When you hear the words “Estate Planning,” what comes to mind? Do you visualize a Rolls Royce as it drives away from a stunning, large mansion, rolling along a several-acre-long driveway, passing by private tennis courts, pools, gardens and right out through the private security gates? In many people’s minds, that is precisely what an “estate” is. However, “estate” is actually defined as:
– Property or possessions
– Interest, ownership, or property in land or other things
These definitions do not imply vast wealth, or, for that matter, any level of wealth whatsoever. In fact, the actual definition of an estate simply denotes the ownership or possession of something…anything even.
We all have things we own, valuables we posses and often even some substantial items such as a home or retirement plan. These are all items that comprise our own “estate.” We may not have a mansion or a Rolls Royce, but we do have items we own and hold dear. Perhaps even more importantly, we have loved ones that we want to ensure are cared for. Those are the REAL reasons each of us should create an estate plan, not because we’re wealthy, but because we care for the items we do care, and above all, our loved ones.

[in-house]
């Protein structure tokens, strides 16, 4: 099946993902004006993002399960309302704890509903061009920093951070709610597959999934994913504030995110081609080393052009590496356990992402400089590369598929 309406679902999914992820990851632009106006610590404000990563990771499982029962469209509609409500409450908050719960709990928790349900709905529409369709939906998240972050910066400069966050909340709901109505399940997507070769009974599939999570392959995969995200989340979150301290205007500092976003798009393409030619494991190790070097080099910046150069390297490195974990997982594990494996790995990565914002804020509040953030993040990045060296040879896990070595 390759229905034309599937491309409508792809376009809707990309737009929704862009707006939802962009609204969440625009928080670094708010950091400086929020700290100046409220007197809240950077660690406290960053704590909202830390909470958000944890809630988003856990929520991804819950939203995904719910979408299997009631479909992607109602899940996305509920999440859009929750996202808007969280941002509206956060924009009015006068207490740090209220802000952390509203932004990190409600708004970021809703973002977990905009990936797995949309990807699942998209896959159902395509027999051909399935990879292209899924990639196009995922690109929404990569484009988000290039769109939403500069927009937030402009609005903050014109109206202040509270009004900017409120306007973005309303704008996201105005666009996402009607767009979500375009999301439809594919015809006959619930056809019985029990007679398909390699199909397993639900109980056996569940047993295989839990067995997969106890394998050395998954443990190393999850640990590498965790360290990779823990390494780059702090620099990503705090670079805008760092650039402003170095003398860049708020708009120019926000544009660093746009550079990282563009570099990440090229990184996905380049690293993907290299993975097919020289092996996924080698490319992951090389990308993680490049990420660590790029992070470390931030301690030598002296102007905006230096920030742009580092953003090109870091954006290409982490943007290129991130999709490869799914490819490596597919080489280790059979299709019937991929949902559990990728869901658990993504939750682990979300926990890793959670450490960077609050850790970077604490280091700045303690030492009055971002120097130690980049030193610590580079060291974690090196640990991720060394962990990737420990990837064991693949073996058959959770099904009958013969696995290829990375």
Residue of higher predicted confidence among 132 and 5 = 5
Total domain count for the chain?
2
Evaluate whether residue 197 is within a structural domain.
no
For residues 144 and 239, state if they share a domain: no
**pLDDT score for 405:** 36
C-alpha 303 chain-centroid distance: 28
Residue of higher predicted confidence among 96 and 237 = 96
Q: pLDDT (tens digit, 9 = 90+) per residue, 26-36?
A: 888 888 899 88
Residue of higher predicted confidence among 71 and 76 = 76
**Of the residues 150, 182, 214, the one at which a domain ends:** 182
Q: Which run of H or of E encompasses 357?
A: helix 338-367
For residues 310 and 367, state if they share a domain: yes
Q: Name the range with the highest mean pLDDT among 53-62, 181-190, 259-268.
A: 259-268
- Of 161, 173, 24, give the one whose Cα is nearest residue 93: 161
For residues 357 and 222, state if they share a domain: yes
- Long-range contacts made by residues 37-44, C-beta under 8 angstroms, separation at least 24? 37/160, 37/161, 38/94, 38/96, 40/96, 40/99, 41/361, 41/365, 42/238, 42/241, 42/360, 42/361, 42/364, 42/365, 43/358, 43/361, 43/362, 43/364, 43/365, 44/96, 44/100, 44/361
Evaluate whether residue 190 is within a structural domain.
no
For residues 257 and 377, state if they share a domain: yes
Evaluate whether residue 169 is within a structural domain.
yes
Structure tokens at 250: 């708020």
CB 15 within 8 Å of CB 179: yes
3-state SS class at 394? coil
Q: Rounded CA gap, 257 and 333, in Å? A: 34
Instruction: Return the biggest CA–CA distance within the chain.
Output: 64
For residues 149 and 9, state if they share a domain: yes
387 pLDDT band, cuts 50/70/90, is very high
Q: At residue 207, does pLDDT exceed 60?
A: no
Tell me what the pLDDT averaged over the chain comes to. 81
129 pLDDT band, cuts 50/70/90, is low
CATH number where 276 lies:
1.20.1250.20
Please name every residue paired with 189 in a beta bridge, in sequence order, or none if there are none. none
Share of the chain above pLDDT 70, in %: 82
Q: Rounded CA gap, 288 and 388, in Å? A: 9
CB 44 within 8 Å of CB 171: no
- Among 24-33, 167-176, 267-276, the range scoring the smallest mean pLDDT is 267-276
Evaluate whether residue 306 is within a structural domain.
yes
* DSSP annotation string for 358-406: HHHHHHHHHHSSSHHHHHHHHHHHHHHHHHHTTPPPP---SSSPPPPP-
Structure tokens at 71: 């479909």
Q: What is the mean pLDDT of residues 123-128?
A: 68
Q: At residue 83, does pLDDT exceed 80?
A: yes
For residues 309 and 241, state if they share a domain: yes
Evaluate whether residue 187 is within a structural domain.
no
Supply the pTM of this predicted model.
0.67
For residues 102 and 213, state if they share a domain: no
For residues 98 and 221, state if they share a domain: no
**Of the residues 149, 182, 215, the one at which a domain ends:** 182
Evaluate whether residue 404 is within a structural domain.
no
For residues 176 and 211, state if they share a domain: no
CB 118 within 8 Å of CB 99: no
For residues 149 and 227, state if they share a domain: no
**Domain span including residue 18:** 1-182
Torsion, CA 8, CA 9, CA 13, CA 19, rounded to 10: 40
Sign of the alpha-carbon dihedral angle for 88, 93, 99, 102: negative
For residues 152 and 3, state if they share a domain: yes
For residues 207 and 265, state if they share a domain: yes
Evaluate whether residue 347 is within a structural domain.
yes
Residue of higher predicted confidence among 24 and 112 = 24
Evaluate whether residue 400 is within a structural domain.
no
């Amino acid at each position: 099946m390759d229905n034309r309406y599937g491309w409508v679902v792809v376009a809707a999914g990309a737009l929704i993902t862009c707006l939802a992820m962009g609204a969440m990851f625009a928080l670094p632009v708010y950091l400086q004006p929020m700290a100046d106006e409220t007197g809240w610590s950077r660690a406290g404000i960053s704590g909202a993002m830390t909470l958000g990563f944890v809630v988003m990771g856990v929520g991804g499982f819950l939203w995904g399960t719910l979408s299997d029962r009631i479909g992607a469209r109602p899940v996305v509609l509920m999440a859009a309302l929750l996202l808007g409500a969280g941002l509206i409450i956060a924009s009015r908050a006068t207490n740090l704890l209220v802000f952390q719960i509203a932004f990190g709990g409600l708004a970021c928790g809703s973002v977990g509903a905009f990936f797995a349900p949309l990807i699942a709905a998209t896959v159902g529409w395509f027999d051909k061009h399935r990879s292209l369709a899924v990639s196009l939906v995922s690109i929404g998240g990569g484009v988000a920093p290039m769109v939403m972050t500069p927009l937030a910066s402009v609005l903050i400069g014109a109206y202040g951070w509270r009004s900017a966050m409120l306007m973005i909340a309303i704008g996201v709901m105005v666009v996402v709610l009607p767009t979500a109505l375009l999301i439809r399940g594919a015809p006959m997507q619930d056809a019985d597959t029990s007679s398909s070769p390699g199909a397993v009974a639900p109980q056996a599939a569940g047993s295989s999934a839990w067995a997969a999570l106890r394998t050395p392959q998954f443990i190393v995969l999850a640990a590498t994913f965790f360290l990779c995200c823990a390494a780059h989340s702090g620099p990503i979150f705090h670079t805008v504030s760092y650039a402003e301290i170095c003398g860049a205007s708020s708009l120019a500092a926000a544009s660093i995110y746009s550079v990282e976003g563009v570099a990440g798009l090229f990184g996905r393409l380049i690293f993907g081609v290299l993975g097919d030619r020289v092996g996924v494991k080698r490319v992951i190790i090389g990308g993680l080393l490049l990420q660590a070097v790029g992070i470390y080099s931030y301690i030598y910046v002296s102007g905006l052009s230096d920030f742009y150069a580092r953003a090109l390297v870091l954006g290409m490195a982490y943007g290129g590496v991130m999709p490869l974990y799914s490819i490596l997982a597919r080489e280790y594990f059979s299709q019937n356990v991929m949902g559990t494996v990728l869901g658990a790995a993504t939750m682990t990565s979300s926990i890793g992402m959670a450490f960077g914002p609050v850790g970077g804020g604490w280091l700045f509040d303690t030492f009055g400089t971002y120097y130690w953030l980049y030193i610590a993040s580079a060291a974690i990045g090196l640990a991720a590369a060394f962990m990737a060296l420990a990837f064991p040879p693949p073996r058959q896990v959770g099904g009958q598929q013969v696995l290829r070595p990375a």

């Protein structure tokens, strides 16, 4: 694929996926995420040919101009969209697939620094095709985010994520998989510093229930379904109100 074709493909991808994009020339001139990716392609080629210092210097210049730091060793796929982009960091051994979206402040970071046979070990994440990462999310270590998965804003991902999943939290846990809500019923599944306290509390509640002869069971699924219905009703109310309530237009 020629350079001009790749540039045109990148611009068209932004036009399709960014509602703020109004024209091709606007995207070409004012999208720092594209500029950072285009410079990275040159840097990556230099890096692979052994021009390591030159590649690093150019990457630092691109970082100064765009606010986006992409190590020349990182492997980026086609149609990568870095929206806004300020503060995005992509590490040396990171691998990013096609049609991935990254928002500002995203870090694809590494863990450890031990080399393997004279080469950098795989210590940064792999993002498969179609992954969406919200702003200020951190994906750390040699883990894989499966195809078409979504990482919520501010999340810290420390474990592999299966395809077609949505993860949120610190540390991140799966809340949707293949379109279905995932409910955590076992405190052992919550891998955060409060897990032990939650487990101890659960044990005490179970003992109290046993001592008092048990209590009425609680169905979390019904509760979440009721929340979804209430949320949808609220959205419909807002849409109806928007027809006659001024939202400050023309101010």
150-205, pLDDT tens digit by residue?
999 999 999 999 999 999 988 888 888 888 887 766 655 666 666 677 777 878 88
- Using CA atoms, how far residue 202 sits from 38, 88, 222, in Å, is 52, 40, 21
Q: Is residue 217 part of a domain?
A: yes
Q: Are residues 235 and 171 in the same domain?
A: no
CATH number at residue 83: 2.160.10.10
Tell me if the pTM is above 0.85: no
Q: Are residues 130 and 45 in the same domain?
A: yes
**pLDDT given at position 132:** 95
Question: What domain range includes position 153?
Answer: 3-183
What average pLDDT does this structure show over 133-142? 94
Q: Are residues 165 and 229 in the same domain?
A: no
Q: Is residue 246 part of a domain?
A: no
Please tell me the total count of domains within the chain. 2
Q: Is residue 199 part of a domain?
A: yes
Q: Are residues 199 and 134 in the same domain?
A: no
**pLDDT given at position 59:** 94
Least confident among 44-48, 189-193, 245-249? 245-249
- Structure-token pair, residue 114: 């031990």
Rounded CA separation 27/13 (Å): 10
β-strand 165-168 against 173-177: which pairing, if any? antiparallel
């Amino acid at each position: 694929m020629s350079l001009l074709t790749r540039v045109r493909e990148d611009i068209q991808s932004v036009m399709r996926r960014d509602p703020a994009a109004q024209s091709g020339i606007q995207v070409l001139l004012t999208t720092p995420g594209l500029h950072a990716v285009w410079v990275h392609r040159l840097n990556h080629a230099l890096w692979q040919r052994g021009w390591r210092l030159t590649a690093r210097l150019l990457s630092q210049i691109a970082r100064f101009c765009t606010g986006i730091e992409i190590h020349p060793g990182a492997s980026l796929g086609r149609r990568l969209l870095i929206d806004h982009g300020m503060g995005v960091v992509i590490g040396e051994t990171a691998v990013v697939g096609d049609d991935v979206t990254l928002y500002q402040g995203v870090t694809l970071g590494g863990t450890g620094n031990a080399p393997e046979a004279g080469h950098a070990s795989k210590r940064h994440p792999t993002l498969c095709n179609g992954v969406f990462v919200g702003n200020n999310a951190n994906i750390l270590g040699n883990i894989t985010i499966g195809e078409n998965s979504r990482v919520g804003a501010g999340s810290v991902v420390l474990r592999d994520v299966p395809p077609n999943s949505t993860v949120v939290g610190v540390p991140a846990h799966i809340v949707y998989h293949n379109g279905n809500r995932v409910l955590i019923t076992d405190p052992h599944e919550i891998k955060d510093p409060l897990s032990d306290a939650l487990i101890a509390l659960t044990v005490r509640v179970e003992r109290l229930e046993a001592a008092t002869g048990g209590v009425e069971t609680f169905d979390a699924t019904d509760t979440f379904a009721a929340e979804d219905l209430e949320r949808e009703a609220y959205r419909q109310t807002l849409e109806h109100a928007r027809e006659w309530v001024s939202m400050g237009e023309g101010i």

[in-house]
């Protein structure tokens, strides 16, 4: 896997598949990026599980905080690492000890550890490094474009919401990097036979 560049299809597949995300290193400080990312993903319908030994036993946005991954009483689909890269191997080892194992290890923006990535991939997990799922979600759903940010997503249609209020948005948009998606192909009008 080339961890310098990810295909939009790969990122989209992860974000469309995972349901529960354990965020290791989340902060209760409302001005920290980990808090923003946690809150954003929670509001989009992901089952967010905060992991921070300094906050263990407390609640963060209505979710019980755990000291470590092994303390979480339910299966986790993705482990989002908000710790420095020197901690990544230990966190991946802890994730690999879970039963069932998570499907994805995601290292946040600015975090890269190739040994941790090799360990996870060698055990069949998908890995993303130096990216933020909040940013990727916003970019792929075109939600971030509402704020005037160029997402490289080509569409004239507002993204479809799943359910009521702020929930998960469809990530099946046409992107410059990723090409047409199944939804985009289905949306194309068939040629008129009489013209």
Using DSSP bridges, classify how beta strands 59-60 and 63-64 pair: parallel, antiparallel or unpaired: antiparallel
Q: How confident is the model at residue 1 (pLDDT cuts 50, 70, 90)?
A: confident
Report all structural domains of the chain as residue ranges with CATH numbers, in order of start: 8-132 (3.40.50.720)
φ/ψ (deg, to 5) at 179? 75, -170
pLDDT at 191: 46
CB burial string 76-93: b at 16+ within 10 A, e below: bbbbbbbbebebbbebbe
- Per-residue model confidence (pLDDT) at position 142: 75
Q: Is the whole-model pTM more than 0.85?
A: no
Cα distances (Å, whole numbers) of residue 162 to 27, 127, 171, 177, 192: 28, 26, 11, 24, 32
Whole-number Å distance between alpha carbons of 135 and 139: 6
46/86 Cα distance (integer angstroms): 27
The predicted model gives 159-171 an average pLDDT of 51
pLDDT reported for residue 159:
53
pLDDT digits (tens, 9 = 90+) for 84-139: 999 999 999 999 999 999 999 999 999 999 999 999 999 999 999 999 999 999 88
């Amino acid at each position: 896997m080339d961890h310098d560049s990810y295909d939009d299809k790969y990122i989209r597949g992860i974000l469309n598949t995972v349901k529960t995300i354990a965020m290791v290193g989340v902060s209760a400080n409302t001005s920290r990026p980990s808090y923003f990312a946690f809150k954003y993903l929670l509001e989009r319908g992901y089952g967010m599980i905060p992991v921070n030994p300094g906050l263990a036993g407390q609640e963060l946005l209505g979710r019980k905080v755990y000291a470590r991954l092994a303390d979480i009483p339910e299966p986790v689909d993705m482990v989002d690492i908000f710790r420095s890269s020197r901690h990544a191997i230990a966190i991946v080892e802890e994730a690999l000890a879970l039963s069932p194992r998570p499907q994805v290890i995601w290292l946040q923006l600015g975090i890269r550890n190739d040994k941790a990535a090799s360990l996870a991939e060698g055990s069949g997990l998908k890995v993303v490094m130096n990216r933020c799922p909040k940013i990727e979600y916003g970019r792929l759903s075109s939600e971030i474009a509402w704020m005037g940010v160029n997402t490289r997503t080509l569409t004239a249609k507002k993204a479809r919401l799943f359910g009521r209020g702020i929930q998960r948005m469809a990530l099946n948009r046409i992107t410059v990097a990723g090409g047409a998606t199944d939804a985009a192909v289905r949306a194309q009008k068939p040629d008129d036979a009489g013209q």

About Morris Hall:
At Morris Hall, we have focused our legal practice on estate planning for over 40 years. Along with estate planning, our attorneys help clients and their families with matters of probate, trust administration, wills, power of attorneys, business planning, succession planning, legacy planning, charitable gifting and other important legal aspects. We also have divisions in financial, real estate and accounting to help you incorporate all of your planning together, ensuring that everything works perfectly for your needs and situation. Our Arizona offices are located in Phoenix, Mesa, Scottsdale, Tucson, Prescott, Flagstaff and Arrowhead. Contact us today at 888.222.1328 to schedule an appointment!
This blog should be used for informational purposes only. It does not create an attorney-client relationship with any reader and should not be construed as legal advice. If you need legal advice, please contact an attorney in your community who can assess the specifics of your situation.